Rapid City Mayor Steve Allender along with the Oglala, Cheyenne River and Rosebud Sioux tribes are asking the Rapid City Council for its support in building a new Native American health-care facility in east Rapid City.
At the city’s Legal and Finance Committee meeting scheduled for 12:30 p.m. Wednesday at City Hall, committee members will consider a resolution supporting the relocation and construction of a new health-care facility for tribal members.
The resolution comes almost six months after a meeting between federal Indian Health Service (IHS) officials and Native American tribal leaders abruptly turned from an informational meeting about plans to demolish most of Sioux San Hospital’s buildings and replace them with a $117 million clinic into a discussion about the tribe’s desire for those funds to go toward the construction of a new health-care facility on an undeveloped lot southeast of Menards and north of Western Dakota Technical Institute.
The lot and surrounding property is owned by local developer Hani Shafai, who has offered to donate an approximately 25-acre lot to the tribes that would serve as the site of the new facility.
In a Sept. 21 letter from Allender to the council, the mayor said the proposed facility’s proximity to the interstate, main city streets and Western Dakota Tech would make it a more appealing location than Sioux San Hospital.
In a Journal interview Monday, Allender added that bus routes and increased accessibility to housing, employers and shopping centers were also potential benefits, as was the possibility for collaboration with and better recruitment from WDT for staffing at the hospital.
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“It is beyond time to get this done,” he said, characterizing IHS’s troublesome administration of Sioux San as indicative of “a national Indian health-care crisis.”
“It’s not run, and it’s not a service,” Allender said of IHS’s administration of Sioux San, which recently closed the hospital’s emergency wing and has been one of several IHS facilities in the Great Plains that have failed in recent years to meet standards of care imposed by the federal Centers for Medicare & Medicaid Services.
“It’s really a pathetic excuse for a health-care facility, especially given the need,” Allender said.
The city resolution, Allender said, “would let IHS and the world know that we have considered the option, and we think this is a good idea.”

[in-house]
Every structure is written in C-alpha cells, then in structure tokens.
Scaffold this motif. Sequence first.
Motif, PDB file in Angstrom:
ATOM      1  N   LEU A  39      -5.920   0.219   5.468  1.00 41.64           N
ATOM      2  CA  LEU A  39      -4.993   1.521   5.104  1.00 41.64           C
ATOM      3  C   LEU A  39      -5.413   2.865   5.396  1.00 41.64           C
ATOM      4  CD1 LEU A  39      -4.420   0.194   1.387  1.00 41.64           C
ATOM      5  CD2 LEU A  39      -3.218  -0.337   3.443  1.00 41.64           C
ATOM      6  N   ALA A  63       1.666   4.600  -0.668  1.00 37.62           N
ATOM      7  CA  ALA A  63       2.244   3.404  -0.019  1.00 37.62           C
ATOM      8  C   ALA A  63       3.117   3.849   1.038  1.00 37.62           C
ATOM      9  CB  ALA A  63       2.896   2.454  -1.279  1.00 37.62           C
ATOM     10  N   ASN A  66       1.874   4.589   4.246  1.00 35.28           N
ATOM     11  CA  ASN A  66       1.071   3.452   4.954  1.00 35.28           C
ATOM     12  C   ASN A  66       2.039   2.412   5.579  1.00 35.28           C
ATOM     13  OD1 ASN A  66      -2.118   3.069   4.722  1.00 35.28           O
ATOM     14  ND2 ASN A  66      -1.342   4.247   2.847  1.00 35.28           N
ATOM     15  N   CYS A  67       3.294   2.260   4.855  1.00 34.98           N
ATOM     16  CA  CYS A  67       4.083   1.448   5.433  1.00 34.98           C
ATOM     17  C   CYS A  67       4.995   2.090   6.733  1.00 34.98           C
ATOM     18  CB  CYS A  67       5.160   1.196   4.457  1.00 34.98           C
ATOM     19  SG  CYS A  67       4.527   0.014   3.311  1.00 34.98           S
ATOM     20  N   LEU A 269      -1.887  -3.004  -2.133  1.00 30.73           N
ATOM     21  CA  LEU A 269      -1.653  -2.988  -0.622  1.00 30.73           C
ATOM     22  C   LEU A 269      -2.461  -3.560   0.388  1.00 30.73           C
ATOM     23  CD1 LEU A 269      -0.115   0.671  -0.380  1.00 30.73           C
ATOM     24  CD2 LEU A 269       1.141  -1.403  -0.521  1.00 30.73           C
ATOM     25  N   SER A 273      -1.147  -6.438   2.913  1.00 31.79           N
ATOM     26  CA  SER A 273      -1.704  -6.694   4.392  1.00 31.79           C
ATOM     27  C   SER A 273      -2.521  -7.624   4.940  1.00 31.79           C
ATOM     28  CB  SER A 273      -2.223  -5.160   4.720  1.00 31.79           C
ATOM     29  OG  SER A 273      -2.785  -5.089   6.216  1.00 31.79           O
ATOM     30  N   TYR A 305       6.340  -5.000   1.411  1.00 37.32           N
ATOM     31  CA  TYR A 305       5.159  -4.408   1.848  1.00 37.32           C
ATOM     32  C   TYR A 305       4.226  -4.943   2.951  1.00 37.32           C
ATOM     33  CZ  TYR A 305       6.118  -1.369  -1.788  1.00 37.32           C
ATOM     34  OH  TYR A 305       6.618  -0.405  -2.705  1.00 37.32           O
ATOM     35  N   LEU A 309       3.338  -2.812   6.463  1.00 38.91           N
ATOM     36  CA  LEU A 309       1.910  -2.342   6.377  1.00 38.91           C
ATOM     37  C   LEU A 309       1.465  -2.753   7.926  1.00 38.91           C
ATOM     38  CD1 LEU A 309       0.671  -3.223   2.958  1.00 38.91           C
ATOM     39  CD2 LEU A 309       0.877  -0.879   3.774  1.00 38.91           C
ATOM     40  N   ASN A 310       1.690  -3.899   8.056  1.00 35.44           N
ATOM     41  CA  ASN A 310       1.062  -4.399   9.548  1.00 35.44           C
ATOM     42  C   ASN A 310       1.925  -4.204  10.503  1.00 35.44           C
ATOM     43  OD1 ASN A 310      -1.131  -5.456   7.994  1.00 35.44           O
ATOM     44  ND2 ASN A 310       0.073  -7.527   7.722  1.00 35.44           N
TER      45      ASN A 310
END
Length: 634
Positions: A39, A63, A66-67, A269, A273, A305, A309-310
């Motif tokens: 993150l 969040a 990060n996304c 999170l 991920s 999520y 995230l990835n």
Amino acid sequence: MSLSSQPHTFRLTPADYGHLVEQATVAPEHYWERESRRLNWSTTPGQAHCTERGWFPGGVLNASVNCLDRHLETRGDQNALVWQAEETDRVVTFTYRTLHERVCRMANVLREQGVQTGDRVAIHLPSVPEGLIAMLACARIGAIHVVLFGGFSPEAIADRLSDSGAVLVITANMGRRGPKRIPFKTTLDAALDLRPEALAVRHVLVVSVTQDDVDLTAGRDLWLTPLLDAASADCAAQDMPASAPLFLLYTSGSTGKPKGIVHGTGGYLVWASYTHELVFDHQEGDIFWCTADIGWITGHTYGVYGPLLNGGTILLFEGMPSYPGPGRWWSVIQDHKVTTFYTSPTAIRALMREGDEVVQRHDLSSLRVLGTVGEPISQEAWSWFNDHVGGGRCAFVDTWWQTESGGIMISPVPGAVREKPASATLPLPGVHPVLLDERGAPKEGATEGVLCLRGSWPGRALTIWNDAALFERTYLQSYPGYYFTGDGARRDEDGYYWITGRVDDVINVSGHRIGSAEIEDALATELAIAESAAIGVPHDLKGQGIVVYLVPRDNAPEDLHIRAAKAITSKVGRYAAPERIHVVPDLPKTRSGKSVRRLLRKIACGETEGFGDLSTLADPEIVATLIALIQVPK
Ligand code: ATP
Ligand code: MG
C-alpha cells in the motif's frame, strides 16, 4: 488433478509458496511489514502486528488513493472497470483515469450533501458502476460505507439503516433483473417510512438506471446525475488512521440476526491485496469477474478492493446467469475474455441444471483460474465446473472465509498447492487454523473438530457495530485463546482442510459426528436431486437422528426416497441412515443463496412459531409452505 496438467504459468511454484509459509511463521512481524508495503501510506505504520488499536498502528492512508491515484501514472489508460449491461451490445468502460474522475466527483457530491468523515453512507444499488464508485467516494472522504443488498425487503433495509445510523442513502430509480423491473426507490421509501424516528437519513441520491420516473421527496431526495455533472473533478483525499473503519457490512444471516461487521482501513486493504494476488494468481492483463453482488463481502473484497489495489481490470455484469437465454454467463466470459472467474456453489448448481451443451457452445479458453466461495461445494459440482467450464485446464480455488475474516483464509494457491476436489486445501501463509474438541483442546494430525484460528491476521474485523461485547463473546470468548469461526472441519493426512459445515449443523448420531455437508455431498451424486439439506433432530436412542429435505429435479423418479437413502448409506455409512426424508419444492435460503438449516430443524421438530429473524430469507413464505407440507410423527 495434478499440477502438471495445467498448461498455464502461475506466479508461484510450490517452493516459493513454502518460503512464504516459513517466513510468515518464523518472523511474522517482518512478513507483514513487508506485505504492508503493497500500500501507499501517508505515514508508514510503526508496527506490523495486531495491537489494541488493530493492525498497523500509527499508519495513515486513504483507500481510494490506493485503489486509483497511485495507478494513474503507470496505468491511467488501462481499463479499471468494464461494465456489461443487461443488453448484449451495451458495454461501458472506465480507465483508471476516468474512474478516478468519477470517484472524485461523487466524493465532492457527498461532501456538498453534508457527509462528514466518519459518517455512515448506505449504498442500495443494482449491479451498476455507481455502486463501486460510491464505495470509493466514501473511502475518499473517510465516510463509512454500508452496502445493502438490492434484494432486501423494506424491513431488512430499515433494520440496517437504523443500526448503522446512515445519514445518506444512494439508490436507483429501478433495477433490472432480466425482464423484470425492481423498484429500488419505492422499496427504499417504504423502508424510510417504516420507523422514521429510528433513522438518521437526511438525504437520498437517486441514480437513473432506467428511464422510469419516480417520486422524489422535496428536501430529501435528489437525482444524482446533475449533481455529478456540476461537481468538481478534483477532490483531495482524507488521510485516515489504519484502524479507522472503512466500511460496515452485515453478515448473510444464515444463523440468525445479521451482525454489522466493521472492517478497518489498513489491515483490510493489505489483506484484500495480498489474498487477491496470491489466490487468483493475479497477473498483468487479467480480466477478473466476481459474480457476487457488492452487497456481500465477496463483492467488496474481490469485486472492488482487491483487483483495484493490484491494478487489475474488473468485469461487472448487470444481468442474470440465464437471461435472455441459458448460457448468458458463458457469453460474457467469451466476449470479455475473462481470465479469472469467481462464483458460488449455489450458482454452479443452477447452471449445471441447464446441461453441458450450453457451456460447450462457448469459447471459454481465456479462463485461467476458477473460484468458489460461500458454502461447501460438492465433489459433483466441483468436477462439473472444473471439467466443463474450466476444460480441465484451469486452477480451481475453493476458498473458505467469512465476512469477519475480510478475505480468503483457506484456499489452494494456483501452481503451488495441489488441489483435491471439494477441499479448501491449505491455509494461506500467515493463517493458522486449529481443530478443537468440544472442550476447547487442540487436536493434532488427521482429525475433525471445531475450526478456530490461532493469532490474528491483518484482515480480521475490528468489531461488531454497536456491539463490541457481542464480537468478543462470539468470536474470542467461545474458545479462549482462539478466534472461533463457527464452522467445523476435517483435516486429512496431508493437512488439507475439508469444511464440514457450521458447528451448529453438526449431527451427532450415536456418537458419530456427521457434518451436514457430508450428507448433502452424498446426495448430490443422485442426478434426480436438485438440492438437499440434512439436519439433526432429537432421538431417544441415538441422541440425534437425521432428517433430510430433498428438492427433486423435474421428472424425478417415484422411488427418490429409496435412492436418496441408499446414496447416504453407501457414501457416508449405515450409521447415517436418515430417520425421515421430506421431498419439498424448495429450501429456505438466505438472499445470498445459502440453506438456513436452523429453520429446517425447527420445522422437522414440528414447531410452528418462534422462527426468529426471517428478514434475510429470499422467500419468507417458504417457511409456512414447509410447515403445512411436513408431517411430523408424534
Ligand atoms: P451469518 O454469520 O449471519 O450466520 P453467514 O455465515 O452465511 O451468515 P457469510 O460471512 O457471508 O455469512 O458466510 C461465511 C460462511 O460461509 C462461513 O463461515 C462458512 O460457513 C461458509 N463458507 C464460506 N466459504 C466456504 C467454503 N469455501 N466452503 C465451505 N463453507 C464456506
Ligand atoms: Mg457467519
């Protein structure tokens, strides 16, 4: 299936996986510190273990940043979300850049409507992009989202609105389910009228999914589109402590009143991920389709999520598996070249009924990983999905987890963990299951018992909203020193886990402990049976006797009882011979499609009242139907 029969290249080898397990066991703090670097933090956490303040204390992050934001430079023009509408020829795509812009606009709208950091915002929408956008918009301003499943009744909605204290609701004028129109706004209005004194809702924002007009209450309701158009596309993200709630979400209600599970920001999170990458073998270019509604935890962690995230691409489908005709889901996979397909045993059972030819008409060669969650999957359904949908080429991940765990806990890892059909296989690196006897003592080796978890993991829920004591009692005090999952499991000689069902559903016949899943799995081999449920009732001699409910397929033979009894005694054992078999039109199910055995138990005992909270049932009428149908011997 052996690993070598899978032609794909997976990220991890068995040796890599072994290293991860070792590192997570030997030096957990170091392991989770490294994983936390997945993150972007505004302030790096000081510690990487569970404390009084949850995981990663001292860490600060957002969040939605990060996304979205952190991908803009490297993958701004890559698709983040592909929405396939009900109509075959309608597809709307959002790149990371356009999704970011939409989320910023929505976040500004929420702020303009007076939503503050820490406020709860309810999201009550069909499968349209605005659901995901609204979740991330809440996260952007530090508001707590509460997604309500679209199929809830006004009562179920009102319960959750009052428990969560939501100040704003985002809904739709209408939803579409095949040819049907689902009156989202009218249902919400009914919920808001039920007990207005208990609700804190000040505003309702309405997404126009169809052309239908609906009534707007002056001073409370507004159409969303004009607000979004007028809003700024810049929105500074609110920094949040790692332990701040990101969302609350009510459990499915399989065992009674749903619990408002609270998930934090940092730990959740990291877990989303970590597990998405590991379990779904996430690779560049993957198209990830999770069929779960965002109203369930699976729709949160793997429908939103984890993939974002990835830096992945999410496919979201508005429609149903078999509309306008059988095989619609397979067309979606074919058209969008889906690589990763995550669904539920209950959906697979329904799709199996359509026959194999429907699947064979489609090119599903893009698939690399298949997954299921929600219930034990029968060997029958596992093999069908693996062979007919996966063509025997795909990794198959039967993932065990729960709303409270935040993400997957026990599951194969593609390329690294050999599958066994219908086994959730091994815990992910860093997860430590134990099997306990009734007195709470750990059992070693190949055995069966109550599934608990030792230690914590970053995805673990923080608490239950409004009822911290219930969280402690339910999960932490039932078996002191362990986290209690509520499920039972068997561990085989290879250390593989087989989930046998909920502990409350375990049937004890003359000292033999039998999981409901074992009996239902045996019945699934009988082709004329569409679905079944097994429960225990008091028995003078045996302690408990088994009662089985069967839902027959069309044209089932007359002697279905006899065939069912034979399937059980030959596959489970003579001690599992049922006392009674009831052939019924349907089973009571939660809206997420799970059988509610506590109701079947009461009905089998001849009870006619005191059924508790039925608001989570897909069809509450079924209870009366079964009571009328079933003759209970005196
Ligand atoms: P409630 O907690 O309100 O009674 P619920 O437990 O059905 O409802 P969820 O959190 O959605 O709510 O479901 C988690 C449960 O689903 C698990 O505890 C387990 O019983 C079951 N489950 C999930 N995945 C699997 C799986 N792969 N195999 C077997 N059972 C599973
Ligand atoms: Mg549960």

Allender said he has written letters to the state’s congressional delegation seeking their support and assistance.
In a statement by Jerilyn Church, CEO of the Great Plains Tribal Chairmen’s Health Board, it was noted that “relocating the new facility will not only improve access to health care for American Indians who utilize Sioux San but will also contribute to the economic engine in Rapid City.”
As support from city, state and federal officials is sought for that project, the three tribes are also invoking a federal law that could transfer the administration and control of Sioux San and the new facility to the Great Plains Tribal Chairmen’s Health Board.
In April, the Oglala, Cheyenne River and Rosebud Sioux tribes passed resolutions approving the effort and authorizing the tribal health board to be the managing entity. The law, known as a 638 contract or the Indian Self-Determination and Education Assistance Act, would transfer the day-to-day management of Sioux San Hospital and the proposed new facility to the tribal health board while retaining funding from the federal government due to historical treaty obligations. In April, Church predicted the process could take between three to six months.
As for Sioux San Hospital should the new facility move forward, Allender said he’d heard rumblings about it turning into a behavioral-health care facility after the new facility took over as the primary health-care center. Past estimates for completion of the Sioux San Hospital improvements were pegged for 2022, but no timetable has been offered for a new facility.
Contact Samuel Blackstone at email@example.com and follow him on Twitter or Facebook @SDBlackstone.
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